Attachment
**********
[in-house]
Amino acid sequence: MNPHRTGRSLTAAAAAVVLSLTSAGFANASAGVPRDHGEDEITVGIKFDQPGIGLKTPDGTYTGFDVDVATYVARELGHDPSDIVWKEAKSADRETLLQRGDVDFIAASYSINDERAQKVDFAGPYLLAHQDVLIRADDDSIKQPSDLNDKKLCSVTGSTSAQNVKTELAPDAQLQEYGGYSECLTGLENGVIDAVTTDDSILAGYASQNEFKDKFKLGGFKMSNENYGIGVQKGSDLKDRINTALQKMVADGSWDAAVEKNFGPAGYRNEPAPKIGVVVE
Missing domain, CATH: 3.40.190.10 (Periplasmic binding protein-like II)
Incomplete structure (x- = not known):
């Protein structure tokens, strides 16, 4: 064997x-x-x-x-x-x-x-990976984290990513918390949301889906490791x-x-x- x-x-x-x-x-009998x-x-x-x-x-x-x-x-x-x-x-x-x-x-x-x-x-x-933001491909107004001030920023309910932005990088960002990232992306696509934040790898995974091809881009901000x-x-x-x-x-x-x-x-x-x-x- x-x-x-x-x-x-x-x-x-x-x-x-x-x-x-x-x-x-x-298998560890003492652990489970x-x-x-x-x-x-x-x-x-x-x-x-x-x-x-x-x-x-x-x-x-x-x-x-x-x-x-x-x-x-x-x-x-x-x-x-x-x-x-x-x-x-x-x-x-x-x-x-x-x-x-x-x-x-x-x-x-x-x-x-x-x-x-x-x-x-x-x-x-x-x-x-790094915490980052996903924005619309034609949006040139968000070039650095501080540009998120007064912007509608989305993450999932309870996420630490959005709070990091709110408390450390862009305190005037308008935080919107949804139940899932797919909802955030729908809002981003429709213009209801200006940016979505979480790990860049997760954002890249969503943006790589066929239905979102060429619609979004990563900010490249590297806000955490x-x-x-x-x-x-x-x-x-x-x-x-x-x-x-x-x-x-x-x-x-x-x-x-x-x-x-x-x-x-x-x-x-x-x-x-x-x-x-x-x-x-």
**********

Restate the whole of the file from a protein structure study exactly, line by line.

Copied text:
[in-house]
Amino acid sequence: MNPHRTGRSLTAAAAAVVLSLTSAGFANASAGVPRDHGEDEITVGIKFDQPGIGLKTPDGTYTGFDVDVATYVARELGHDPSDIVWKEAKSADRETLLQRGDVDFIAASYSINDERAQKVDFAGPYLLAHQDVLIRADDDSIKQPSDLNDKKLCSVTGSTSAQNVKTELAPDAQLQEYGGYSECLTGLENGVIDAVTTDDSILAGYASQNEFKDKFKLGGFKMSNENYGIGVQKGSDLKDRINTALQKMVADGSWDAAVEKNFGPAGYRNEPAPKIGVVVE
Missing domain, CATH: 3.40.190.10 (Periplasmic binding protein-like II)
Incomplete structure (x- = not known):
């Protein structure tokens, strides 16, 4: 064997x-x-x-x-x-x-x-990976984290990513918390949301889906490791x-x-x- x-x-x-x-x-009998x-x-x-x-x-x-x-x-x-x-x-x-x-x-x-x-x-x-933001491909107004001030920023309910932005990088960002990232992306696509934040790898995974091809881009901000x-x-x-x-x-x-x-x-x-x-x- x-x-x-x-x-x-x-x-x-x-x-x-x-x-x-x-x-x-x-298998560890003492652990489970x-x-x-x-x-x-x-x-x-x-x-x-x-x-x-x-x-x-x-x-x-x-x-x-x-x-x-x-x-x-x-x-x-x-x-x-x-x-x-x-x-x-x-x-x-x-x-x-x-x-x-x-x-x-x-x-x-x-x-x-x-x-x-x-x-x-x-x-x-x-x-x-790094915490980052996903924005619309034609949006040139968000070039650095501080540009998120007064912007509608989305993450999932309870996420630490959005709070990091709110408390450390862009305190005037308008935080919107949804139940899932797919909802955030729908809002981003429709213009209801200006940016979505979480790990860049997760954002890249969503943006790589066929239905979102060429619609979004990563900010490249590297806000955490x-x-x-x-x-x-x-x-x-x-x-x-x-x-x-x-x-x-x-x-x-x-x-x-x-x-x-x-x-x-x-x-x-x-x-x-x-x-x-x-x-x-």